Sorry, We're Closed The Challenge of Spending Money in Germany

Suddenly realize you don't have milk for your Sunday morning coffee? Tough. Strict laws govern when German stores are allowed to open. It's not as often as you like.


Not an uncommon sight in Germany.
DPA

Not an uncommon sight in Germany.

Germans, of course, aren't nearly as serious about observing the Sabbath as the Maccabees were -- that ancient group of faithful Jews who allowed themselves to be slaughtered rather than fight on the day of rest. But just try picking up a frozen pizza or a carton of milk on a Sunday in most parts of Germany. Unless you live in a big city or next door to the train station, Sunday starvation is a serious risk.

Even worse, it's not just Sundays. Should you actually have a job in Germany and be forced to work into the early evening, you can forget about shopping for groceries on the way home. Or filling a prescription. Or trying to bank. Or buying anything that doesn't involve a vending machine. And that late-night pint of mint-chocolate chip you like to dive into when the munchies kick in? If you want to party, you'll have to plan ahead. Stores are simply not open when you need them most.

Things are getting better. Berlin is dotted with small corner groceries -- mostly run by Turkish families -- which stay open late into the night and on Sundays. Some supermarkets also stay open until the unprecedented hour of 8 p.m. Even banks have at least one day a week when they don't close in the mid-afternoon. But Germans haven't discovered the joys of Saturday night shoe-shopping or the emergency bag of chips at 3 a.m. Sundays remain strictly off limits for shopaholics, chronic consumers and those who find it difficult to remember a pharmacy errand on Saturday before its doors slam shut at 1 p.m. (And should you arrive at closing time, don't be surprised to have the door shut in your face.)

The restrictive opening hours Germany do have their advantages. After all, about the only thing you can do on Sunday here is relax, eat a lot, or head to a museum. With the streets empty of big trucks (by law) and building sites silent, a ride through the city or countryside also makes for a pleasant escape. If you get a flat though, don't count on finding a bike shop open to help you fix it….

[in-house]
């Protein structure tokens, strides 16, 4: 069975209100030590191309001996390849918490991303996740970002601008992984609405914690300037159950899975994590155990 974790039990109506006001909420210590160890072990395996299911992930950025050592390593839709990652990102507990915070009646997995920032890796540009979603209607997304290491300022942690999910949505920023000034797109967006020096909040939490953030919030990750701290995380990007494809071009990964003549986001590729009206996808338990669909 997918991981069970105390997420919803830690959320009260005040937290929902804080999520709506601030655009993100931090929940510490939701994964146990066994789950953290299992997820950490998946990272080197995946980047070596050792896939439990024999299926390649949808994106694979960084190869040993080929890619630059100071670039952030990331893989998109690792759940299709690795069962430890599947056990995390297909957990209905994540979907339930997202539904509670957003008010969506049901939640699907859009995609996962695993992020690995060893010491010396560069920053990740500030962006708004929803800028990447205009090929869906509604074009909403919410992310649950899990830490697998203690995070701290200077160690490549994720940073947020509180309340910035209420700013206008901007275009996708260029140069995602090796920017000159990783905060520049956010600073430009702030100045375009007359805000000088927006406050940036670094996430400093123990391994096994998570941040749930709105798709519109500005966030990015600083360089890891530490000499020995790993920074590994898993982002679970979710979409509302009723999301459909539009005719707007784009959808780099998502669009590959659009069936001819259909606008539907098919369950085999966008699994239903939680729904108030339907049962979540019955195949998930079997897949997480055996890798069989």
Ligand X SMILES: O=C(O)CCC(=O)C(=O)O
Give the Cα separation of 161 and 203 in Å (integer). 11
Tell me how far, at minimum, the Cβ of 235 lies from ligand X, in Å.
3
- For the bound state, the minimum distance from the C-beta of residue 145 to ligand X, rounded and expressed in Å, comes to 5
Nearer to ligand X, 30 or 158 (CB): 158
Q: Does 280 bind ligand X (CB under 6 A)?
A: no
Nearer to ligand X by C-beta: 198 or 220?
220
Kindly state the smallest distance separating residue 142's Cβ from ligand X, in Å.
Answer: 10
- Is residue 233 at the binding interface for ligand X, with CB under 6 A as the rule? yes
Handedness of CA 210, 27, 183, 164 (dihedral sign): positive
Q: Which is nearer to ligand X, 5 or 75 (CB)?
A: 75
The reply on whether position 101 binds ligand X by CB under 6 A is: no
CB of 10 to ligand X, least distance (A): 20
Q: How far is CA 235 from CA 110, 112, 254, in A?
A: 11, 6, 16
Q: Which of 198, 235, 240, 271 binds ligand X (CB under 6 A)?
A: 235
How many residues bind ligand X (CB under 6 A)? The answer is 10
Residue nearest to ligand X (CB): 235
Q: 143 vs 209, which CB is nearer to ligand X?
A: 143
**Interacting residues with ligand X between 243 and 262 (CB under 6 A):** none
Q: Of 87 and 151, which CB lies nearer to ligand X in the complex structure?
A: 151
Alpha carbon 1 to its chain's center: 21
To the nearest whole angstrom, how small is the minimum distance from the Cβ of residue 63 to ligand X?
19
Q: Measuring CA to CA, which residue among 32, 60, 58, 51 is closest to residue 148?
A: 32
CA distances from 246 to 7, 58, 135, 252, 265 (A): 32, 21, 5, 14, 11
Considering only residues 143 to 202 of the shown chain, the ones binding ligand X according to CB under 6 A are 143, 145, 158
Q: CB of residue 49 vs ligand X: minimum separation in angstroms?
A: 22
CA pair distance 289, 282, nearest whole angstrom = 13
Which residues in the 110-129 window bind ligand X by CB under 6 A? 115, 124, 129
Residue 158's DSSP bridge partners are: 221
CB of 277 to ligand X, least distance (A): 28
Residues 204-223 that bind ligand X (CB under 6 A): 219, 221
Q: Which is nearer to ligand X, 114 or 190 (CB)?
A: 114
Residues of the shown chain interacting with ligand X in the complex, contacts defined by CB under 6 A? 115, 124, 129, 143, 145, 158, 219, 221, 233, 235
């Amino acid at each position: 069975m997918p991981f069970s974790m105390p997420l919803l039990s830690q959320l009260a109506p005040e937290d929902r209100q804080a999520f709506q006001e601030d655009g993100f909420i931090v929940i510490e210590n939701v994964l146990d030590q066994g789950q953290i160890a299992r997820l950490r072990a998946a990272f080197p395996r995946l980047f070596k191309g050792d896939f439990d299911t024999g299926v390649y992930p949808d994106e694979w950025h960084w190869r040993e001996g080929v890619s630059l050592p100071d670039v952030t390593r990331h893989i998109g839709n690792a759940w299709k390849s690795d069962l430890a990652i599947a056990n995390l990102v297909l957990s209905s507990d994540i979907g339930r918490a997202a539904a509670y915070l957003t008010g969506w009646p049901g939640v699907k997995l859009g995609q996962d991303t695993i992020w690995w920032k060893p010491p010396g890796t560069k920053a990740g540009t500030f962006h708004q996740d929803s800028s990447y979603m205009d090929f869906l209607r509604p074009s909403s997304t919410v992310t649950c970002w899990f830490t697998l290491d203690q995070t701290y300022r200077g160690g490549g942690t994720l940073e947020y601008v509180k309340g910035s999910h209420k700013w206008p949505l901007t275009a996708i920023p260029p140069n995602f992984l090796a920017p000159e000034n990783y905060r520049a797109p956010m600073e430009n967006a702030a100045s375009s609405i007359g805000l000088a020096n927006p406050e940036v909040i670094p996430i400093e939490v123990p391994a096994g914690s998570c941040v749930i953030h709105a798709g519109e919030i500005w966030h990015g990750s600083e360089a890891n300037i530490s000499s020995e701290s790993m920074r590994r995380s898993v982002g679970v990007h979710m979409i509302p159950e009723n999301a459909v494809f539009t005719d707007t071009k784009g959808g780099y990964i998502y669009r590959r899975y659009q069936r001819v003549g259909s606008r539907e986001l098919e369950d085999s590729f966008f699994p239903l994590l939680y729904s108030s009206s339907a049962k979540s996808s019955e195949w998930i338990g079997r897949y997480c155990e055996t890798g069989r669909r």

Torturing consumers with anemic opening hours has a long tradition in Germany. The first such law came into existence in 1900, but was soon strengthened. By 1919, it was illegal to open up shop on Sunday and stores on workdays could only be open from 7 a.m. until 7 p.m. Saturday afternoons later became taboo. Nowadays, political wrangling about when stores can do business has become something of a tradition in Berlin. About once a year the government raises hopes among less traditional Germans that the late-night snack or roll of toilet paper may not be far away.

But don't count on it. Germans like their peace and quiet and a number of businesses would prefer to forgo a few euros than actually sell stuff. Luckily, gas and train stations represent little havens of consumerist sanity. Never lose sight of where the nearest one is -- the markets there are open late. And they generally stock ice cream.

cgh

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